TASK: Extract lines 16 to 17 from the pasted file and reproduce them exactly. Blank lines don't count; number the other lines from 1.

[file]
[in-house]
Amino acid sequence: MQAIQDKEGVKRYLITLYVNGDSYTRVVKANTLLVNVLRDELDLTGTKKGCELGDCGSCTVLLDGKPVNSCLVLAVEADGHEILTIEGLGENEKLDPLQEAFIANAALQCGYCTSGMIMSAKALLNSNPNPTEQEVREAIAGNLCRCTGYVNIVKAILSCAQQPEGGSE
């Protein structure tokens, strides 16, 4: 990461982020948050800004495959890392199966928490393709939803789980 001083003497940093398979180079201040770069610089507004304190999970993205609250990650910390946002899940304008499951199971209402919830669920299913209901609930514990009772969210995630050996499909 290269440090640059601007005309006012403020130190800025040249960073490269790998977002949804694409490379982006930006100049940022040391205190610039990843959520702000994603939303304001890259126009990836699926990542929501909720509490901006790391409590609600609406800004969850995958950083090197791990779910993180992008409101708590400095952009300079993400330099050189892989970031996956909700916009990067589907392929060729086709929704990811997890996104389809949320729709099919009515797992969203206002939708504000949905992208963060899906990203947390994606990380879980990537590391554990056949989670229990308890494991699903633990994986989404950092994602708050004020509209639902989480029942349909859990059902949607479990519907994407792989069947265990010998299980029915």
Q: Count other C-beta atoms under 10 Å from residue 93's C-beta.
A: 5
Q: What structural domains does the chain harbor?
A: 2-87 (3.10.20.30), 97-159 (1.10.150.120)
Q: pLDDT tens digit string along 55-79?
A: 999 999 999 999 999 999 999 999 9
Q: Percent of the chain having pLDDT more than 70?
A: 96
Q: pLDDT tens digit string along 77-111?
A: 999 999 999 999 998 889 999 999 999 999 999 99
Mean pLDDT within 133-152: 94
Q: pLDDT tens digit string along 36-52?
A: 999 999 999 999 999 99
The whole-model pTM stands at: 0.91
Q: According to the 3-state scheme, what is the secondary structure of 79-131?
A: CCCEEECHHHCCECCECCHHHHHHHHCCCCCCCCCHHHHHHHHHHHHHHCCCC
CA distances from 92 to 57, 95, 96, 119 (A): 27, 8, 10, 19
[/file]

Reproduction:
A: 999 999 999 999 999 99
The whole-model pTM stands at: 0.91